Word Count vs. Productivity

Einstein Quote-Counting

Since Einstein said it, it may just be true.

I used to measure my writing productivity by word count. It seemed the most straightforward way of setting and achieving writing goals (e.g. write 300 words a day, which I almost always surpassed). I even designed an Excel spreadsheet with a multitude of formulas for totalling per month, averaging word count per day/month/quarter, etc.

It worked well for months, until I began revising stories instead of writing new ones. One day, I spent hours reworking a story, taking out entire sections, and writing new ones from scratch. I was in “the zone”, and completely rewrote a story in one intense ten-hour stretch that flew by and felt like no longer than a mere hour. I was also incredibly proud of the end product, where a story had all come together to my complete satisfaction.

Then I looked at the final word count. The net result was exactly minus forty words from where I had started that morning. Minus forty words in ten hours where I felt I had accomplished so much. I dejectedly entered zero in my spreadsheet, and felt like a failure as the pre-programmed formulas spewed the twisted results.

I created another column to note that it was revision/rewrite, and wrote several lines as if to justify that I did indeed write that day. I kept up the database but as I continued spending time on revisions, my averaged stats continued to take a dive, as if all my work counted for nothing.

It reached a point where I made excuses not to write so I didn’t have to open the database. So I put a stop to it and I archived the database, and stopped counting.

I sometimes miss the spreadsheet, especially on days when I write explosively, thousands upon thousands of words. Even if I want to somehow track that successful production, I don’t as the alternative is just not worth it.

Whether it’s new words, revisions, rewrites, or even research, it’s all part of the writing process, MY writing process.

I alone know the work I put in and can only report to myself. I won’t—and can’t—let hard statistics affect what I know I have accomplished, and impact me to a degree that makes me stop doing what I love to do.

So without reporting, recording, or word count tracking, I just keep writing.




    • I love math and stats, and to me it’s an exact science that can’t properly capture and measure writing productivity. Hard statistics didn’t reveal the true picture, which I why I had to get rid of them because it was too discouraging. The event I referred to was a full short story rewrite, so I suppose I could have added the entire word count, even if it didn’t feel like pure new work. The revisions that followed were partial only so I probably would have spent more time calculating words than writing if I had tried to figure out which parts of revisions were new. Some writers I know are stuck on word counts and it’s all that matters to them, I have discovered that my time is better spent writing rather than counting. It’s not a perfect “system” since I’m not tracking anymore, but axing the calculations from my process has freed me from the added pressure created by relying on net word counts to tell me I’m still producing.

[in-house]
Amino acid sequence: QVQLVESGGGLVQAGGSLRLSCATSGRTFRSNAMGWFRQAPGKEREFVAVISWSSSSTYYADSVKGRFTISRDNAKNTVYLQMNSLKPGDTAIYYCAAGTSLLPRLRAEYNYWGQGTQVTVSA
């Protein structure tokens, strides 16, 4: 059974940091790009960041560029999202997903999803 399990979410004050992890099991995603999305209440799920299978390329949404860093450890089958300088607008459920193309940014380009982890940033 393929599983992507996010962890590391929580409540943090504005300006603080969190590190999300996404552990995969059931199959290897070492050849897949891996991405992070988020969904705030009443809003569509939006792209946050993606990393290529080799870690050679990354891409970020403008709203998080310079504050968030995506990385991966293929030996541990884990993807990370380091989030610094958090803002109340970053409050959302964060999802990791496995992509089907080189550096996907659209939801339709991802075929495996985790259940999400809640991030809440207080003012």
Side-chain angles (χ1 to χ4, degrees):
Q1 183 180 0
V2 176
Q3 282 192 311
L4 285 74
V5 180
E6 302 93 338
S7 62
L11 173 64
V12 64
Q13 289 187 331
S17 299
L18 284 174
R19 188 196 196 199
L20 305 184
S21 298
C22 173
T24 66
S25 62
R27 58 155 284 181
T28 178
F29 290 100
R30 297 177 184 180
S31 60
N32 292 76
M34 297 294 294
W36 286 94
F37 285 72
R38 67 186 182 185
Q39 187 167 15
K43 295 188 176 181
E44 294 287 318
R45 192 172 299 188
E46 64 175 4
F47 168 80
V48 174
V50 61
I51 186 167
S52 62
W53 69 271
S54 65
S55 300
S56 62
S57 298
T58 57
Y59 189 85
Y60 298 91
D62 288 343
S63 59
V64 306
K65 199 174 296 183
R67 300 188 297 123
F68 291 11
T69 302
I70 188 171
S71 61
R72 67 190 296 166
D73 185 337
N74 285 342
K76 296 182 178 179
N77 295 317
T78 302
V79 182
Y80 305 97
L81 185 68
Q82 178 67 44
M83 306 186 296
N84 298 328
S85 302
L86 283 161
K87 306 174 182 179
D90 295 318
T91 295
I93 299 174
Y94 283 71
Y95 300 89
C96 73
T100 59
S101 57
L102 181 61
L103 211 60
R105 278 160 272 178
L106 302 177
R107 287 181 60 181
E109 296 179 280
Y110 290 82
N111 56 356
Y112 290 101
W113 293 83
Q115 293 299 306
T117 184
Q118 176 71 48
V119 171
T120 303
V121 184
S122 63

• New work or not, it counts. I mean, revision isn’t easy. Sometimes it’s harder then the actual writing.

        I have a word count excel sheet for the WiP and this is the first time I’ve used one. I have averages and goals – daily, weekly, monthly. And a couple other cool things. Its motivation for me. But this is a first draft.

        For when I’m revising? I don’t know how I’ll do it, but I don’t think it will word count based. Maybe number of scenes instead and how much of the scene. Something like that. Which is not to say I won’t keep track of word count. But usually word count goes down during revisions so I don’t really know useful a metric it will be.

  1. That’s great: I support anything that works! My spreadsheet worked fine for new work, but revisions and rewrites were indeed the biggest challenge to track – as well as research, which is also part of my writing process. Too many things couldn’t easily be tracked in a spreadsheet to be worthwhile for me in terms of pure metrics. I am convinced I am more productive now that I have stopped counting.

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